For the Patriots, a team I’m paid to watch and write about, it’s tough to see them play bad games when their opponents are clearly not up to the task. I feel like I’m in a perpetual state of rooting for the underdog, just to see a good game. That’s not what I want. That’s not what I want to go home and talk about.
For the 49ers, a team that my family and friends follow closely, it’s all a regional thing. They are all my family and friends know, and there’s nothing wrong with that. But I’m trying to do more with my football writing career than just following the 49ers, while at the same time remembering where I came from. So I pay attention while living 3,000 miles away and continue to write about a team that I have very little professional interest in.
It’s hard enough to do what I do, trying to be creative, provide insight, and stay on the ball with all of the storylines for the Patriots, and then be questioned about who I’m rooting for. All I can say is the last thing I want to do is be bored to death. If anything, that’s what being a fan of the game means to me. On Sunday, I got to catch one of the few good games in the NFL. I was happy about that.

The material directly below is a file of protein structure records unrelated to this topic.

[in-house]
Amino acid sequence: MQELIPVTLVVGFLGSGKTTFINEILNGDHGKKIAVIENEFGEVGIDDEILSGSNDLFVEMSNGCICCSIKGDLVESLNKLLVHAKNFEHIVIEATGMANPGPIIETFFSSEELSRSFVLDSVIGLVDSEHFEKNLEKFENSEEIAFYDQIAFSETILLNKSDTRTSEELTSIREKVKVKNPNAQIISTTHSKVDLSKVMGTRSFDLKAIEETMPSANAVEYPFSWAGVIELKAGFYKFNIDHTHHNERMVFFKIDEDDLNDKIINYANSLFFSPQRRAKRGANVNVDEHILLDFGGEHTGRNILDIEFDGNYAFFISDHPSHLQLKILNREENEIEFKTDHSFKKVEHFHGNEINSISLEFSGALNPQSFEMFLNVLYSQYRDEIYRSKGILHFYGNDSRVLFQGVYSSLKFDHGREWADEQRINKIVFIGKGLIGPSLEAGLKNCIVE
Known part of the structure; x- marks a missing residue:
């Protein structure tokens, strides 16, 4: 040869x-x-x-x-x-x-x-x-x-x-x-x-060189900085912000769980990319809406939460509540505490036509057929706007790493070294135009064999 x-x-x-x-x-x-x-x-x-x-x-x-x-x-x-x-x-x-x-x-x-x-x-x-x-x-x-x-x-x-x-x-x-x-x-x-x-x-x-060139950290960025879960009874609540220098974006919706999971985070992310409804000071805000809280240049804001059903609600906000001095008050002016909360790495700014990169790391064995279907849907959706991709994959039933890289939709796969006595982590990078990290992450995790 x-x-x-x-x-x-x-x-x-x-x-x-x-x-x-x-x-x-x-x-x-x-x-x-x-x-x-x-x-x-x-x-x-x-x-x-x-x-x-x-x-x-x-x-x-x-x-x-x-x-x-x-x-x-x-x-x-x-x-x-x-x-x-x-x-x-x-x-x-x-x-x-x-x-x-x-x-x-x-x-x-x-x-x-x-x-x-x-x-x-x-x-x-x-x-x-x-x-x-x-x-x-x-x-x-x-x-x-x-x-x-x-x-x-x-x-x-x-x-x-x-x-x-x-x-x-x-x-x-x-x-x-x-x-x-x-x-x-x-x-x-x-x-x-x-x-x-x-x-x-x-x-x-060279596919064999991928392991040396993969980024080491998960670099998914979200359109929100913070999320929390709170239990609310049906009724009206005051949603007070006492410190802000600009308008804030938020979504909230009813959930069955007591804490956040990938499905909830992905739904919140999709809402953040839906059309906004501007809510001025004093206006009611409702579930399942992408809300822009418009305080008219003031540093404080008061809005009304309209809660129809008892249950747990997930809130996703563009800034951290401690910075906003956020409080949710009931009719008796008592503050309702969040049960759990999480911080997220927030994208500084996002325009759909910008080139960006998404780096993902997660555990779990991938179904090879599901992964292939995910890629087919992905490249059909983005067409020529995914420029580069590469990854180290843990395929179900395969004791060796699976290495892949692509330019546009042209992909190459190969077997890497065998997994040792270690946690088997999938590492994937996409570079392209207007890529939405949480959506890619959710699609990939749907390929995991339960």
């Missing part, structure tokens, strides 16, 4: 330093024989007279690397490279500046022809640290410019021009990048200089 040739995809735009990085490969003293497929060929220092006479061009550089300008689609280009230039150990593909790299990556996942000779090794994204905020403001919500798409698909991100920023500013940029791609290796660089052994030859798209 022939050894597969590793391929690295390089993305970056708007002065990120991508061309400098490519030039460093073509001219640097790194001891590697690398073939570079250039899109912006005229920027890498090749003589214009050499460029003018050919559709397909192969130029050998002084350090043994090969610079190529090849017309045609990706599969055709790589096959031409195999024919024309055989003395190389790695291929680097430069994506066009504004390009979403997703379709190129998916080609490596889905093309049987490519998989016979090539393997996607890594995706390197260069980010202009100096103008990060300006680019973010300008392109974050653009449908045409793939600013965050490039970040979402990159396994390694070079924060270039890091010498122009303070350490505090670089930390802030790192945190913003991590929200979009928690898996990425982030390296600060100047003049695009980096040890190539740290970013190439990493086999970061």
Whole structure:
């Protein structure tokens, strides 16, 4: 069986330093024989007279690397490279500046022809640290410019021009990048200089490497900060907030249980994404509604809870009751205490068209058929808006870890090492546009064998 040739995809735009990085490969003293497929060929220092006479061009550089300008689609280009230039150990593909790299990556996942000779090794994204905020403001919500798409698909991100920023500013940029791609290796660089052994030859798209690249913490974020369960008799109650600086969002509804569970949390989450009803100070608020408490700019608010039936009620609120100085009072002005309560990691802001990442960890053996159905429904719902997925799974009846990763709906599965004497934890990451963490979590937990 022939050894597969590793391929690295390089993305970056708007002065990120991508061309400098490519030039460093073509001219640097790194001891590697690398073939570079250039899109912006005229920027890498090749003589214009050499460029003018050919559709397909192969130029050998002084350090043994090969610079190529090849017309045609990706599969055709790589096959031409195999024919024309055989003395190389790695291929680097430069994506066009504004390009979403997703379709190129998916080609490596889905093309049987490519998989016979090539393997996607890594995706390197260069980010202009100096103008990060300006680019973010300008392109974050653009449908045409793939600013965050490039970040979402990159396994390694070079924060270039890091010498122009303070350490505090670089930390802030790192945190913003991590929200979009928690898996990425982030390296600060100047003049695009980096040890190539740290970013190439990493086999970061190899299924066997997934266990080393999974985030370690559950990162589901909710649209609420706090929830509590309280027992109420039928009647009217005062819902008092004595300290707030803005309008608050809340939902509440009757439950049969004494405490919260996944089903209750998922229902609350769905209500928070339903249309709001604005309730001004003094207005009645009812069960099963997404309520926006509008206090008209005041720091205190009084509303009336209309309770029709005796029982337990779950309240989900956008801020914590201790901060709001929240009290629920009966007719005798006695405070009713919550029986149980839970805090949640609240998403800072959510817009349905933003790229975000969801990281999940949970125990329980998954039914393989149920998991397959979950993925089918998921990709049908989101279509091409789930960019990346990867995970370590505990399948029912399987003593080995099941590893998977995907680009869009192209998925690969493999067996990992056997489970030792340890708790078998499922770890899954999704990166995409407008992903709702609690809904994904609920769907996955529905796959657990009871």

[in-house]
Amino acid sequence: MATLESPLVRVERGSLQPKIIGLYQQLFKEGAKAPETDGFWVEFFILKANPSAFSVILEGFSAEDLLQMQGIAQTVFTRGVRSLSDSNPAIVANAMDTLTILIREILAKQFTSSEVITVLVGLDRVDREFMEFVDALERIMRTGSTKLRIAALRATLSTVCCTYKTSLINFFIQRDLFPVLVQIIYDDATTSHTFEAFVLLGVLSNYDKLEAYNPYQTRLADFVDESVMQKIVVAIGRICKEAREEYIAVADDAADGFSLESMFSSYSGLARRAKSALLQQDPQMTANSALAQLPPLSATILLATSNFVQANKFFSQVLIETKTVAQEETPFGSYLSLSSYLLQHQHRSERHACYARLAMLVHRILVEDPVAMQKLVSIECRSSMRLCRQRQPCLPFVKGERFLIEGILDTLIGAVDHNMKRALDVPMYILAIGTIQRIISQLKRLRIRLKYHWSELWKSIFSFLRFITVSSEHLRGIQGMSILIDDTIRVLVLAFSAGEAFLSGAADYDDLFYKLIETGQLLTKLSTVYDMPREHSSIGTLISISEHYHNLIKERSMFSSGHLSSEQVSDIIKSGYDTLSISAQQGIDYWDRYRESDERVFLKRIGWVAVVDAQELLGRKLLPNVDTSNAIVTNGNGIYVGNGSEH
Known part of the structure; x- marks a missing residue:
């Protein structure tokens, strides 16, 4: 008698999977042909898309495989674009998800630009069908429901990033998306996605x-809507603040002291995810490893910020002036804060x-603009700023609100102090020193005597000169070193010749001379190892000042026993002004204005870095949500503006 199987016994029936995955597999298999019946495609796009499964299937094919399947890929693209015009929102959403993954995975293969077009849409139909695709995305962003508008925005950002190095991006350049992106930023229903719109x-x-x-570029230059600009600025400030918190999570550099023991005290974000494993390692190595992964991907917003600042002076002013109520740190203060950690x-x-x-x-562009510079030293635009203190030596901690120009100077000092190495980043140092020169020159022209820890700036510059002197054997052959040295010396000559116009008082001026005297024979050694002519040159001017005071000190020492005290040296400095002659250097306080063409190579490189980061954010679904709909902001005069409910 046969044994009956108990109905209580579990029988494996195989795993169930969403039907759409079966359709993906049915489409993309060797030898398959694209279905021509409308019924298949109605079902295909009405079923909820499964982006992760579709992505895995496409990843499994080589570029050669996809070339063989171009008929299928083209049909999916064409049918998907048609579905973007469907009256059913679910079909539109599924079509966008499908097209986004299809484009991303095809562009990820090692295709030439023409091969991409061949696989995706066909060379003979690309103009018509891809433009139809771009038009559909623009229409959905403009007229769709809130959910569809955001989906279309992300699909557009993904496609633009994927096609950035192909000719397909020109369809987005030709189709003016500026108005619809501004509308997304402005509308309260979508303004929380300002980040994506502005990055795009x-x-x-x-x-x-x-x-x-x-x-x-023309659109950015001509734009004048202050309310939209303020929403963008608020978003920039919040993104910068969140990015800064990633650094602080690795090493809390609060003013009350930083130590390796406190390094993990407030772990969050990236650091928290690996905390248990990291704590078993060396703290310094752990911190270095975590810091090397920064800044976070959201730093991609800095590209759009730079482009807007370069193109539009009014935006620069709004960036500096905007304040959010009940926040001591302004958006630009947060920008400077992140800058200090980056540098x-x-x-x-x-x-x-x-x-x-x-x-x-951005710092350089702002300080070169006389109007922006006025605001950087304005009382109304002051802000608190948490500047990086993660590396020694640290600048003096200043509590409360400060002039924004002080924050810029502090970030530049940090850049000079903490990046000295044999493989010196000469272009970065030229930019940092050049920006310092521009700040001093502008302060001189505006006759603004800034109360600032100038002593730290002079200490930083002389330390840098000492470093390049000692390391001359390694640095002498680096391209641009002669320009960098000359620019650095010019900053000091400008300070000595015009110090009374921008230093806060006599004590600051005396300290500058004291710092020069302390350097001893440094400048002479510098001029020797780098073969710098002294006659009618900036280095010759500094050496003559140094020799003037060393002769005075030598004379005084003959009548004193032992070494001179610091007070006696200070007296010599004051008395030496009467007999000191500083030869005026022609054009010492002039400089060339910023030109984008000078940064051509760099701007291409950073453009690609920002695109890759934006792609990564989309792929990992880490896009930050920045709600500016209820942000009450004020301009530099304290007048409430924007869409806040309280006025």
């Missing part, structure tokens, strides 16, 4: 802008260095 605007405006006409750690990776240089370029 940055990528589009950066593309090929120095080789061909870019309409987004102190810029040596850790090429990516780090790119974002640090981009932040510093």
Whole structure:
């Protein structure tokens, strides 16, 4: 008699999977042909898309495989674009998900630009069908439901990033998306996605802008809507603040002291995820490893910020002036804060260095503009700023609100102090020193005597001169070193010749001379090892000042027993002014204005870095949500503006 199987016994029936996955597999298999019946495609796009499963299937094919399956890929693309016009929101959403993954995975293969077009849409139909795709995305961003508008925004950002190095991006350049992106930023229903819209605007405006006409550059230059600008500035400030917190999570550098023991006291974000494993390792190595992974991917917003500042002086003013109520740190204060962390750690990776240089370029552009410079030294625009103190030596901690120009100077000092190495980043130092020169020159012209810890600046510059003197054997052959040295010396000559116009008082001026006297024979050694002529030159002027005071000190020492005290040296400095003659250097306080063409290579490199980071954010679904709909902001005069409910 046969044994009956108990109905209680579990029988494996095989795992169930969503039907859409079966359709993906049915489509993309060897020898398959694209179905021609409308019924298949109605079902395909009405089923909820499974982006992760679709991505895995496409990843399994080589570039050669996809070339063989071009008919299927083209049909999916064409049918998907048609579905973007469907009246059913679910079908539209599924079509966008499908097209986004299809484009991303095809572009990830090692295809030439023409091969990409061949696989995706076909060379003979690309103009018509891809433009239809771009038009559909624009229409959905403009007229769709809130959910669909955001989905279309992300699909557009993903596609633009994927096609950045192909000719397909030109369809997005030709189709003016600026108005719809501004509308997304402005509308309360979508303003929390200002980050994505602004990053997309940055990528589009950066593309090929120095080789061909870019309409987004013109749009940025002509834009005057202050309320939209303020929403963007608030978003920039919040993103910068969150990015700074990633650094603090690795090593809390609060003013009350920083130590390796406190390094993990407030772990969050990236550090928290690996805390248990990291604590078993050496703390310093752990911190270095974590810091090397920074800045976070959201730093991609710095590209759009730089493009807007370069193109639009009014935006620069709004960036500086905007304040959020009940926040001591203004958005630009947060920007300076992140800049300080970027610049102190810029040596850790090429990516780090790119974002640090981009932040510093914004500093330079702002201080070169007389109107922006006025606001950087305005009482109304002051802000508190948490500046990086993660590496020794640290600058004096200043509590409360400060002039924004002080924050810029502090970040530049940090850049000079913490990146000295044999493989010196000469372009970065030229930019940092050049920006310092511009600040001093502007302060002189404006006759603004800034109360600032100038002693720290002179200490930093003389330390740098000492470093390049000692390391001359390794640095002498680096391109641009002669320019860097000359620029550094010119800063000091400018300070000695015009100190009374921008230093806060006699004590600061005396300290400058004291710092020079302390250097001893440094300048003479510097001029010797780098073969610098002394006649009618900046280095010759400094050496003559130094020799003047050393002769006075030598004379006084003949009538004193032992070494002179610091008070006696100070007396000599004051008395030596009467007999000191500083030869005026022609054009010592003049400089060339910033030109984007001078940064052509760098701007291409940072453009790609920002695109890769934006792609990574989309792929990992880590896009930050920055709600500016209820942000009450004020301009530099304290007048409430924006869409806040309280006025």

I don’t know what other kind of fan I could be.
That’s why as the football season gets ready to start there are a number of things I’d like to highlight personally so folks understand what my role is at work and at home.
- I’m going to continue doing high school sports. I love it and I wouldn’t have it any other way. That also means I’ll continue producing the high school football show on Boston.com, The Huddle.(My love thang.) And this year I’m going to make the added effort of hosting the show myself. I’m excited about that.
- I’m taking the lead on everything Patriots for Boston.com. What does that mean? It just means that I get first dibs on a lot of assignments. Nothing really more. We still have a massive team on Boston.com and at the Globe and everyone contributes in some way or another to our coverage. But this year my role will increase, contributing more than I have in the past two years. You’ll see my name pop up often on the highly popular Extra Points blog along with the Globe staffers and other Boston.com folks. But I’ll also pump out the more than occasional gallery and I’m always looking for good Buzz posts.